First, let’s define the parts properly. Some people get this wrong and it’s sheer ignorance or laziness. If someone can’t be bothered to get this correct, why would you want to do business with them? Hardware Everywhere knows the difference.
A drywall screw (head shown above) is hardened, fully threaded when under 1-1/4” inch in length, and threaded approximately ⅔ of the screw length when over; it also has an almost straight shank compared to the particle board and decking screws. The threads are rolled and rise well up above the shank of the screw and all have a bugle head or modified truss wafer head. If doesn't have a one of those two heads, it's not a drywall screw no matter what anyone tells you. It may be used in drywall but that doesn't make it a drywall screw. Saying something over and over doesn't make it true. (This definition is also true for drywall self-drilling screws.) Some drywall screws may have a type-17 point, but that doesn’t make them a deck screw; it’s a drywall screw with a type-17 point. Drywall screws are never deck screws and we’ll discuss why shortly. Drywall itself is a soft panel made of gypsum (also called calcium sulfate dihydrate), which is extruded between thick sheets of facer and backer paper. The plaster is mixed with fiber or other additives and then hardened into final form in various thicknesses.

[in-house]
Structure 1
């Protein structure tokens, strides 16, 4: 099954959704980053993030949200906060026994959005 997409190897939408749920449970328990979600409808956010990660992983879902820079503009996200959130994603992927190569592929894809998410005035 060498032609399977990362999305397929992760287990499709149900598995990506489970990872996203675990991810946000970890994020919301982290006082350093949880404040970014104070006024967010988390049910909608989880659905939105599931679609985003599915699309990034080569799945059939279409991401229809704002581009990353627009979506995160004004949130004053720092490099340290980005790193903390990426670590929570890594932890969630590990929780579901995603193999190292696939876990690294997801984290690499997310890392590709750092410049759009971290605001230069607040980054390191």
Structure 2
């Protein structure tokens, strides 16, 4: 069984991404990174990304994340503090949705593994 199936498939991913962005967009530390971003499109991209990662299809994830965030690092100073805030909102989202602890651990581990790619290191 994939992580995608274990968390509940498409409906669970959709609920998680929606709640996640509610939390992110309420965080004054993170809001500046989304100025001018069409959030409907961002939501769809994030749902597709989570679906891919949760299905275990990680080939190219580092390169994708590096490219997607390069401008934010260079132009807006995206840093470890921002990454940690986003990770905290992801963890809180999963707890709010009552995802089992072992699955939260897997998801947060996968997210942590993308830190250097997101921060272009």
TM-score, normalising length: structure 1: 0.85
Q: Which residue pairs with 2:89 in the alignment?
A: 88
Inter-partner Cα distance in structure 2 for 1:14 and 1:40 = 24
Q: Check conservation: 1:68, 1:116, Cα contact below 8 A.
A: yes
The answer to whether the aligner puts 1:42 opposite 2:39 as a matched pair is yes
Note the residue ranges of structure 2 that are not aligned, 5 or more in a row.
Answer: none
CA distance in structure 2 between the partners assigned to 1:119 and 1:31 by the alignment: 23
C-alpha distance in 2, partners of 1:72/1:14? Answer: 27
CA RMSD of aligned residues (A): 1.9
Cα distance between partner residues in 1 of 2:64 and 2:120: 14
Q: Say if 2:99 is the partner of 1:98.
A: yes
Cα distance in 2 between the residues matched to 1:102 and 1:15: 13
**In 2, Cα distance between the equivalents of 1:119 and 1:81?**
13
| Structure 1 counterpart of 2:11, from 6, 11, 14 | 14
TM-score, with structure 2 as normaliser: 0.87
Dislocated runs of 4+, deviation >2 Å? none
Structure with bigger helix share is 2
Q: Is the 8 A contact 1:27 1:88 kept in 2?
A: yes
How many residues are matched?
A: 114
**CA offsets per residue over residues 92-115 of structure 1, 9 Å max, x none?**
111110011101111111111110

FLAT HEAD WITH COUNTERSINKING NIBS
A decking screw (head shown above) is similar to a particle board screw – which makes sense if you think about it – but has superior corrosion resistance, either stainless or 1000-hour fluoropolymer coated. Decking screws are always flat head1 with both nibs and type-17. If it's flat and has no nibs, then it's not a deck screw. If it's got nibs but no type-17, it still isn't a deck screw. The nibs2 are located on the bearing surface under the head, on the angled sides. Decking screws have asymmetrical threads for easier installation in all types of woods. Stainless deck screws are often waxed for additional lubricity. A deck is made of solid wood or treated lumber. Particle board is rarely used for decks because it is much weaker and isn’t water-resistant.
Why the two shouldn't be confused!
A drywall is screw is designed for use in drywall to attach a sheet of it to an interior stud (usually metal, sometimes wood). They are not designed for use as wood screws. The heads are designed to sit in the soft drywall and be flush on top (not in) with the expectation of additional finishing on the final product. They are not designed to be exposed nor do they properly countersink into wood because countersinks work only with standard flat countersunk (flat) heads.3 If you walk around on a deck in your bare feet and someone has used drywall screws, you’ll notice right away because they don’t sit into the wood and jut out slightly because of how the head is designed. Your feet will know immediately. Nothing is wrong with the screw: the head is designed to sit in drywall and not wood.
In a deck screw, nibs are an integral part of the head design and are to aid in cutting the top material to allow a flush, countersink finish without the need to pre-countersink the hole first. They also have a type-17 auger point which is used to help keep the wood from splitting. A type-17 point serves no use in a drywall screw. Deck screws cannot have bugle heads – bugle heads are drywall screws. The nibs cause the head of the screw to go into the wood and be flush with the top of the wood. If you walk over the surface in your bare feet, you will not feel the screws on the soles of your feet.